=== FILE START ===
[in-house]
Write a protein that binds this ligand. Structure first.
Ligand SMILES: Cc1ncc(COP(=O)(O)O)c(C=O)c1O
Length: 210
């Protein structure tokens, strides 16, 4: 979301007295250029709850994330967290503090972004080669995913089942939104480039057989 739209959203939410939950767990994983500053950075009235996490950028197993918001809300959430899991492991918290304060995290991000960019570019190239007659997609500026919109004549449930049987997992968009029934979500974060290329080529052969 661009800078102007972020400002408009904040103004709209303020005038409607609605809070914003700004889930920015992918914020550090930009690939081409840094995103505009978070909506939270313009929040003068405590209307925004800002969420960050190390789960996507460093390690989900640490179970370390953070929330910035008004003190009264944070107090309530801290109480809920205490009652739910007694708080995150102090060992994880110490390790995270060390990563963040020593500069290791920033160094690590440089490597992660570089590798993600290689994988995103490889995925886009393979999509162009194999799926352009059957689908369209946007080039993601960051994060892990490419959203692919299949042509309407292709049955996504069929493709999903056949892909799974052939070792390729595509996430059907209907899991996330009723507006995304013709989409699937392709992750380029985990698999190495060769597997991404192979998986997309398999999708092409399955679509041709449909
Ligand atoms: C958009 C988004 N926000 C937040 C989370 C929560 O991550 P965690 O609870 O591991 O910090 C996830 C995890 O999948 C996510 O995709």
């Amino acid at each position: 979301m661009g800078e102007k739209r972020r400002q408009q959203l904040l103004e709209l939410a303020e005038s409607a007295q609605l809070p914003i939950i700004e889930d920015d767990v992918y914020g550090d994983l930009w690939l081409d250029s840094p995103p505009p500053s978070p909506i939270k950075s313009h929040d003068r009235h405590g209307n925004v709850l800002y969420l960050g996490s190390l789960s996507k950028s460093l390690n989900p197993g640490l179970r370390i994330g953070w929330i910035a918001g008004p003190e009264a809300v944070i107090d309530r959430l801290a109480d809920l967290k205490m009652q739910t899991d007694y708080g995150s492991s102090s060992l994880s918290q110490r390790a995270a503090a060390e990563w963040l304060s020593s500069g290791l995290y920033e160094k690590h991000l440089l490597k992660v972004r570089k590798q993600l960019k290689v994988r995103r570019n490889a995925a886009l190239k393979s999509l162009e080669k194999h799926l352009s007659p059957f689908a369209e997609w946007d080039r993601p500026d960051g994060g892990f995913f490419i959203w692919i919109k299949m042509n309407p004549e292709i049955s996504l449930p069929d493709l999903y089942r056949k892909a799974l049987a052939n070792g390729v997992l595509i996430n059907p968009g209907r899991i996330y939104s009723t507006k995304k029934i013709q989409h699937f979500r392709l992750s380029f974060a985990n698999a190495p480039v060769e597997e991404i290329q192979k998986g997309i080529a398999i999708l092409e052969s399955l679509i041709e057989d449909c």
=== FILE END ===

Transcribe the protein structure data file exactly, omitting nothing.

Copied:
[in-house]
Write a protein that binds this ligand. Structure first.
Ligand SMILES: Cc1ncc(COP(=O)(O)O)c(C=O)c1O
Length: 210
């Protein structure tokens, strides 16, 4: 979301007295250029709850994330967290503090972004080669995913089942939104480039057989 739209959203939410939950767990994983500053950075009235996490950028197993918001809300959430899991492991918290304060995290991000960019570019190239007659997609500026919109004549449930049987997992968009029934979500974060290329080529052969 661009800078102007972020400002408009904040103004709209303020005038409607609605809070914003700004889930920015992918914020550090930009690939081409840094995103505009978070909506939270313009929040003068405590209307925004800002969420960050190390789960996507460093390690989900640490179970370390953070929330910035008004003190009264944070107090309530801290109480809920205490009652739910007694708080995150102090060992994880110490390790995270060390990563963040020593500069290791920033160094690590440089490597992660570089590798993600290689994988995103490889995925886009393979999509162009194999799926352009059957689908369209946007080039993601960051994060892990490419959203692919299949042509309407292709049955996504069929493709999903056949892909799974052939070792390729595509996430059907209907899991996330009723507006995304013709989409699937392709992750380029985990698999190495060769597997991404192979998986997309398999999708092409399955679509041709449909
Ligand atoms: C958009 C988004 N926000 C937040 C989370 C929560 O991550 P965690 O609870 O591991 O910090 C996830 C995890 O999948 C996510 O995709």
């Amino acid at each position: 979301m661009g800078e102007k739209r972020r400002q408009q959203l904040l103004e709209l939410a303020e005038s409607a007295q609605l809070p914003i939950i700004e889930d920015d767990v992918y914020g550090d994983l930009w690939l081409d250029s840094p995103p505009p500053s978070p909506i939270k950075s313009h929040d003068r009235h405590g209307n925004v709850l800002y969420l960050g996490s190390l789960s996507k950028s460093l390690n989900p197993g640490l179970r370390i994330g953070w929330i910035a918001g008004p003190e009264a809300v944070i107090d309530r959430l801290a109480d809920l967290k205490m009652q739910t899991d007694y708080g995150s492991s102090s060992l994880s918290q110490r390790a995270a503090a060390e990563w963040l304060s020593s500069g290791l995290y920033e160094k690590h991000l440089l490597k992660v972004r570089k590798q993600l960019k290689v994988r995103r570019n490889a995925a886009l190239k393979s999509l162009e080669k194999h799926l352009s007659p059957f689908a369209e997609w946007d080039r993601p500026d960051g994060g892990f995913f490419i959203w692919i919109k299949m042509n309407p004549e292709i049955s996504l449930p069929d493709l999903y089942r056949k892909a799974l049987a052939n070792g390729v997992l595509i996430n059907p968009g209907r899991i996330y939104s009723t507006k995304k029934i013709q989409h699937f979500r392709l992750s380029f974060a985990n698999a190495p480039v060769e597997e991404i290329q192979k998986g997309i080529a398999i999708l092409e052969s399955l679509i041709e057989d449909c």